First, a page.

MPs breathe life into corporate killing law

A renewed drive to establish the offence of corporate killing is to be
launched today by MPs from the three main political parties.

Andrew Dismore, Labour MP for Hendon, is proposing amendments to the
Criminal Justice Bill, designed to get the issue back on the political agenda.
He is being backed by unions, safety organisations and fellow MPs.

The Government has been promising to introduce the law since 1997, which
will make it possible to find corporate bodies guilty of manslaughter.

A regulatory impact assessment of the proposed law is being carried out, and
Lord Bassam of Brighton, speaking in the House of Lords, said the Government
intends to table legislation as soon as it is finished.

The changes are being backed by the TUC, Centre for Corporate Accountability
and pressure group Disaster Action, which are launching a report today on why
the new offence is necessary, to coincide with the meeting of ministers.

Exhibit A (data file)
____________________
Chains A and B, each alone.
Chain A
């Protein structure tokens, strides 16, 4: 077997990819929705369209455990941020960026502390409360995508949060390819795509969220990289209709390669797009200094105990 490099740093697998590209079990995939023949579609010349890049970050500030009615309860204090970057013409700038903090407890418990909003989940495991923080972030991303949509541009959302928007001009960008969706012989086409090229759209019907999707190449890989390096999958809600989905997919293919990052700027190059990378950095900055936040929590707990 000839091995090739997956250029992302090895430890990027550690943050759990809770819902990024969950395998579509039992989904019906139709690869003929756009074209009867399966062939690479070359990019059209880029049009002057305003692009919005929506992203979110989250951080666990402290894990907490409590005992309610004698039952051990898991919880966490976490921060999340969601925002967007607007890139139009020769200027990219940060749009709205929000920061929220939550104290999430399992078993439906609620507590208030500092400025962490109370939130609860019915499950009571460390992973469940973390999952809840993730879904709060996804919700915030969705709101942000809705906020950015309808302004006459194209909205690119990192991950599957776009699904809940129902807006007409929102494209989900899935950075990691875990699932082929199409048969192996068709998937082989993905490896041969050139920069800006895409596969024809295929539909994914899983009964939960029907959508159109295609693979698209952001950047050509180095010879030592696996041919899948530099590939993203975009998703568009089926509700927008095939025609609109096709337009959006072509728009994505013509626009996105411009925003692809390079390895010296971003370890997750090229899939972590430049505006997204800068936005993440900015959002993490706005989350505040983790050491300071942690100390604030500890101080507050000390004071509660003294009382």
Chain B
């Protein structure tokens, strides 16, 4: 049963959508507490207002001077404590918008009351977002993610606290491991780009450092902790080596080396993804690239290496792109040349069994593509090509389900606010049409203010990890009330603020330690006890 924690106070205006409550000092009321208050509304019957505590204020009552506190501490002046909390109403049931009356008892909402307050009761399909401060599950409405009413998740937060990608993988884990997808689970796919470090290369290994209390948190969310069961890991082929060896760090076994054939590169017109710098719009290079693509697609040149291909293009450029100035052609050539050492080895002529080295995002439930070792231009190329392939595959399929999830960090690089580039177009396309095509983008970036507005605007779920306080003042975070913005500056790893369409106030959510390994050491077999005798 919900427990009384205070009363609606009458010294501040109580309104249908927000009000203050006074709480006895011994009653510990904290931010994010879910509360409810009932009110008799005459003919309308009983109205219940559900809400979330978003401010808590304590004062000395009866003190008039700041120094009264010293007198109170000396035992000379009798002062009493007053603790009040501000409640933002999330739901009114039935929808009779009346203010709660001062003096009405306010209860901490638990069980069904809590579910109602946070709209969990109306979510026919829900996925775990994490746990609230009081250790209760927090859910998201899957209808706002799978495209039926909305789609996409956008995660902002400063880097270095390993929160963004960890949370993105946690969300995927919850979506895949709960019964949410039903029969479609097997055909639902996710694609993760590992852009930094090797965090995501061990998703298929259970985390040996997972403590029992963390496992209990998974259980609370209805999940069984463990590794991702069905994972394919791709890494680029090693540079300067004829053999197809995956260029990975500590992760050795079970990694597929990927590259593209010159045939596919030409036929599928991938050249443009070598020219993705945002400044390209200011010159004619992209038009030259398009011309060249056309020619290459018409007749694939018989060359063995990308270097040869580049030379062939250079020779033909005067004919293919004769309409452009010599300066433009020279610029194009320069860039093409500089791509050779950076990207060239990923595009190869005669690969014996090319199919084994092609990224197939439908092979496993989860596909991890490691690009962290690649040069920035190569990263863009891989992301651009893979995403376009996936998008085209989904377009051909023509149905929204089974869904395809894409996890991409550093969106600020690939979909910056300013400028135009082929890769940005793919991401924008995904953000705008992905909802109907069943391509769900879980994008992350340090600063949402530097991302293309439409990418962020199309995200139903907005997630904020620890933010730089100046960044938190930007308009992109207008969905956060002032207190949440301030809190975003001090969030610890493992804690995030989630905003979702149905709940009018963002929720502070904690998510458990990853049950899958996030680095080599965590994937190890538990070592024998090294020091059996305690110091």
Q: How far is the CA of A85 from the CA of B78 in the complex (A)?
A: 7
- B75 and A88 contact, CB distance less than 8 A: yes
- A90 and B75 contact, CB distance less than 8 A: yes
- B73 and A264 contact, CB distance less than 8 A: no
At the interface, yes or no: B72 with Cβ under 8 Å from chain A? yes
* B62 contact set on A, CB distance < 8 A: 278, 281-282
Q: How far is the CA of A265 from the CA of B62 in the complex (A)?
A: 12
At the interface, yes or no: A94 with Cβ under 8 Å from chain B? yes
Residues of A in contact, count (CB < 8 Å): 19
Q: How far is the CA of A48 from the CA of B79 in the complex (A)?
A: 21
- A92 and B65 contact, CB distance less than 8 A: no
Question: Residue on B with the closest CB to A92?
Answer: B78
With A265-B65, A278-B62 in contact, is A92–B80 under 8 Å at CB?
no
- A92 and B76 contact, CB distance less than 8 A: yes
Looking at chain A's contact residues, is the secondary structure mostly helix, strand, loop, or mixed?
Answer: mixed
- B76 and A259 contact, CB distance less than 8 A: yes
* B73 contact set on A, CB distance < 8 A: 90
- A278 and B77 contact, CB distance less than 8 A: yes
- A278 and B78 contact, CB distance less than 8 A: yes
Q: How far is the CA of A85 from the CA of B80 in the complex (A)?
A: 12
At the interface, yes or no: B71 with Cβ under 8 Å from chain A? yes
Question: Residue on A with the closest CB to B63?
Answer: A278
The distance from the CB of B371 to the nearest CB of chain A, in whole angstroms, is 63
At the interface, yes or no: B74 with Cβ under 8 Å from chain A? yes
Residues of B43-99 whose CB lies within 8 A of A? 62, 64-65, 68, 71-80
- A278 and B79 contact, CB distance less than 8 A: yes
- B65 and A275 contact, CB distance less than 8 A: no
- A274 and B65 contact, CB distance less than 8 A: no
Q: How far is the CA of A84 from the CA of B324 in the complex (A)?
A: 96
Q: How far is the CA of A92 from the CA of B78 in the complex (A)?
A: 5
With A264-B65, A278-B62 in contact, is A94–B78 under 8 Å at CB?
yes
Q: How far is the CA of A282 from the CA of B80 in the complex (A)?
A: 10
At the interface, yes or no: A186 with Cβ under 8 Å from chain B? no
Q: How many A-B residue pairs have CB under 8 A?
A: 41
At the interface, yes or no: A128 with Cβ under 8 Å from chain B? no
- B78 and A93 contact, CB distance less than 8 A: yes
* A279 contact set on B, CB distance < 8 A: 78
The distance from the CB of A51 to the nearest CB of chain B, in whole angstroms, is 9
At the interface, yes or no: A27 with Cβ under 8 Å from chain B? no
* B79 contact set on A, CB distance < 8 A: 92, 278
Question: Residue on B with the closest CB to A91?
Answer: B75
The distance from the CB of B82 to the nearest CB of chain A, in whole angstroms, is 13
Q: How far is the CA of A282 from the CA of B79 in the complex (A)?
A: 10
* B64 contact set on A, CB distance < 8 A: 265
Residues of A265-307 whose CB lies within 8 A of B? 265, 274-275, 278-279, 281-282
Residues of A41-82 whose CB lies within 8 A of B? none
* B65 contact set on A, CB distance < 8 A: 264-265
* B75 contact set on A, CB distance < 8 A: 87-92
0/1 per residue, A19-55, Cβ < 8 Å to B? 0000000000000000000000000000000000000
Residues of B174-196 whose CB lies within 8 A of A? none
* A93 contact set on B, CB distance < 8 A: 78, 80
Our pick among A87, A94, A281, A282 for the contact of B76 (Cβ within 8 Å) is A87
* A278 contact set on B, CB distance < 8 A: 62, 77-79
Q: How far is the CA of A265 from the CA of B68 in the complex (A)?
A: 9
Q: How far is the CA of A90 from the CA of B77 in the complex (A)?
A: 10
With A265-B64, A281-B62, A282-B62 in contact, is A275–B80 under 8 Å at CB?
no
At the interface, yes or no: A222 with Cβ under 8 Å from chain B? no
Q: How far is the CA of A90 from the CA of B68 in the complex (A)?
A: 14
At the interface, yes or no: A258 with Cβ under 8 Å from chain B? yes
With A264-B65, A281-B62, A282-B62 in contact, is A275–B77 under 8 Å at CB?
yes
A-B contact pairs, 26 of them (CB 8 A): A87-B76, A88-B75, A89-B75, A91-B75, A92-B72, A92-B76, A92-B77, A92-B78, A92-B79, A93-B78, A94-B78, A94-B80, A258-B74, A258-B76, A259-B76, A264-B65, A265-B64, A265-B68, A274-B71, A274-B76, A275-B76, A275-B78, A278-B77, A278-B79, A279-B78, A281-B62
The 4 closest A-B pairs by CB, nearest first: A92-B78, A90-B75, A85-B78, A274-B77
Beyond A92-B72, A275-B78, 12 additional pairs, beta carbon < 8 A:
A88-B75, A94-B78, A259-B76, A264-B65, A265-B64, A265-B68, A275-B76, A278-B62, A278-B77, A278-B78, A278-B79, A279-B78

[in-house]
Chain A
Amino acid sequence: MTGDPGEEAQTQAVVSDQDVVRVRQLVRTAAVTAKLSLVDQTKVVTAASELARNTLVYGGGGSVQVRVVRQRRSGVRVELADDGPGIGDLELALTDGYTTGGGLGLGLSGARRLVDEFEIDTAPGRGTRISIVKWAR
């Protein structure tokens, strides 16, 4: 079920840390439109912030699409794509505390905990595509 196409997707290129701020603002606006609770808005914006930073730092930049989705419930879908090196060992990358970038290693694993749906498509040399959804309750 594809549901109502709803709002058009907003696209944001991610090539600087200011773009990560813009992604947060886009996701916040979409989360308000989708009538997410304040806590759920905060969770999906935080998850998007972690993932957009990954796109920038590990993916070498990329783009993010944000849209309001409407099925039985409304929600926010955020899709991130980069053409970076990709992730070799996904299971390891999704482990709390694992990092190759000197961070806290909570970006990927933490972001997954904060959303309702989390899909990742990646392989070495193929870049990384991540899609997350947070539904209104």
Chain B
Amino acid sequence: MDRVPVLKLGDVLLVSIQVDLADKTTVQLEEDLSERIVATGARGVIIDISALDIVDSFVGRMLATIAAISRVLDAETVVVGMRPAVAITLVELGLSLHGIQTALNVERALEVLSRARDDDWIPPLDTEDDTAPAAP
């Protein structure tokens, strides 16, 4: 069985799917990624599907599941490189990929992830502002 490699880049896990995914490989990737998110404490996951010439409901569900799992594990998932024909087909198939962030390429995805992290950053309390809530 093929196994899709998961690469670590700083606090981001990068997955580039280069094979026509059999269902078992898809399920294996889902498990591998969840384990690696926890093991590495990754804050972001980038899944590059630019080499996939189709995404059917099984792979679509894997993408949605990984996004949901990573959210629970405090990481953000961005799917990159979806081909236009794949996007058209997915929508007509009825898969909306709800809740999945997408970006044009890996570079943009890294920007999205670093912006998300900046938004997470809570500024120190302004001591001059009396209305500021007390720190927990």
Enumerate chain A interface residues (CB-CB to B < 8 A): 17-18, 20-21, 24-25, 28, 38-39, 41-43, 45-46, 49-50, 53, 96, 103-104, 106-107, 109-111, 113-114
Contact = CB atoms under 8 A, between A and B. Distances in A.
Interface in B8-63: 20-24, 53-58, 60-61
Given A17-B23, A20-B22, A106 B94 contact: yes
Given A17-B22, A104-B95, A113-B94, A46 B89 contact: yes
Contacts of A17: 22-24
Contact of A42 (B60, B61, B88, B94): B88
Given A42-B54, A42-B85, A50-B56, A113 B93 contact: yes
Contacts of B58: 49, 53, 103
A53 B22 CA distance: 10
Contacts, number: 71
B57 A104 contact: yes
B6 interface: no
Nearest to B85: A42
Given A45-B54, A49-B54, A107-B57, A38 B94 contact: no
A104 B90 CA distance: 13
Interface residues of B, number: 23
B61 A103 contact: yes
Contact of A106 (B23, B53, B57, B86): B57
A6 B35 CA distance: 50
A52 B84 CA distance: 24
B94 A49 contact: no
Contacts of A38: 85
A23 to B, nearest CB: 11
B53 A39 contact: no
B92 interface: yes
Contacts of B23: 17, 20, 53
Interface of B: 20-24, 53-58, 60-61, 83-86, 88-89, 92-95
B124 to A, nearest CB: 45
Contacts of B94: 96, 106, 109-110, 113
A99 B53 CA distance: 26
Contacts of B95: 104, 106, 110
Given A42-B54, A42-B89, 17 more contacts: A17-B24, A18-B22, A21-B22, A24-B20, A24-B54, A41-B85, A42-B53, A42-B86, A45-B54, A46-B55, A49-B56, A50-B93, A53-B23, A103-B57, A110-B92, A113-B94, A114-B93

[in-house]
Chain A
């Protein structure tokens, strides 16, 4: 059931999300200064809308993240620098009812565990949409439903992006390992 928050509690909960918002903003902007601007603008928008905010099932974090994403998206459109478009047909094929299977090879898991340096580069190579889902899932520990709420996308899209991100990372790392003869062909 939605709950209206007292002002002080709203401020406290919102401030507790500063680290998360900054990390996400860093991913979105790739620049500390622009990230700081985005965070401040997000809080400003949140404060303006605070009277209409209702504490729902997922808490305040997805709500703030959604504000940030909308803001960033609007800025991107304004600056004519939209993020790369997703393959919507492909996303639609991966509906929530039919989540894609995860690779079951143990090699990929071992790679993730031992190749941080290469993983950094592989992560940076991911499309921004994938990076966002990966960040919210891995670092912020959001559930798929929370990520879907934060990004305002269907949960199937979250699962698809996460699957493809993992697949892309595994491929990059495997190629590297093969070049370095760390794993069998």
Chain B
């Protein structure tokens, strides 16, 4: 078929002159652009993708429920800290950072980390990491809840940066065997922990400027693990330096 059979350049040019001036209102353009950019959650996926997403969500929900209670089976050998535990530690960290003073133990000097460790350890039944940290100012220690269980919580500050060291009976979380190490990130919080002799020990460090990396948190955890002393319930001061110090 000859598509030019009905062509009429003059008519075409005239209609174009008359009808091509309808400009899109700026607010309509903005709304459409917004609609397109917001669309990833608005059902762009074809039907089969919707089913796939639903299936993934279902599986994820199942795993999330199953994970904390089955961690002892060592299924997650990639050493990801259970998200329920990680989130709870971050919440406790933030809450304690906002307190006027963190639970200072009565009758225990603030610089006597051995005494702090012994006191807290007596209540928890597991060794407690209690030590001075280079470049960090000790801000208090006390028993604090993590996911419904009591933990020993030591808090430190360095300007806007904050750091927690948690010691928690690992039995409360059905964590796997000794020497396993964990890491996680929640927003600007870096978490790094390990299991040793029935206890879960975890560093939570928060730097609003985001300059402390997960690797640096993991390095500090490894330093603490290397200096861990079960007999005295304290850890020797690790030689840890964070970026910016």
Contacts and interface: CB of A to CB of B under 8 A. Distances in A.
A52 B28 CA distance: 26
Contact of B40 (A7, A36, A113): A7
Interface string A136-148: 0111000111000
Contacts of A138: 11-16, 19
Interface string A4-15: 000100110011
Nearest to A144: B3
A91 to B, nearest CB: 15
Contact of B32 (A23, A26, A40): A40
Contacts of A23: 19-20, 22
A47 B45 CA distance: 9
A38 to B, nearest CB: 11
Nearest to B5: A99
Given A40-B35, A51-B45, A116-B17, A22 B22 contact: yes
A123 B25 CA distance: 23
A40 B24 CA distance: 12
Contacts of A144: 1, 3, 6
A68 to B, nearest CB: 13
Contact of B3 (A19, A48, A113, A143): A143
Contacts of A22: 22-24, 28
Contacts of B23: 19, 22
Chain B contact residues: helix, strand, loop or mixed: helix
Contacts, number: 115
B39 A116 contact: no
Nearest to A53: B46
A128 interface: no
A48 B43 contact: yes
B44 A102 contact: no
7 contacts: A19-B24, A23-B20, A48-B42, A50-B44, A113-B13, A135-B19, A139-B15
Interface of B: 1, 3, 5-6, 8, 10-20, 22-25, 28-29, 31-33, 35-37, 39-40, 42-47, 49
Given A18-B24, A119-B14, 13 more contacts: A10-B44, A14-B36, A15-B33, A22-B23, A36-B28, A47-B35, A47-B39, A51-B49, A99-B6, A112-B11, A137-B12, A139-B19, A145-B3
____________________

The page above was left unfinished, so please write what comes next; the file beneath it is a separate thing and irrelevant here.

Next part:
Owen Tudor, TUC senior policy officer, said: "We hope to create debate
in the House of Commons so the amount of support for it will be evident to the
Government."

A recent report by the HSE said a new offence of corporate killing would act
as a powerful deterrent to prevent needless injuries and deaths.

However, Diane Sinclair, CIPD lead adviser on public policy, has doubts over
the effectiveness of the proposed law, because companies should already be
abiding by health and safety regulations and protecting staff.

"Does highlighting bad practice improve others’ practice?" she
asked.

Sinclair added that the law already provides for unlimited fines where they
are warranted, as well as the imprisonment of directors and others found to be
individually liable.

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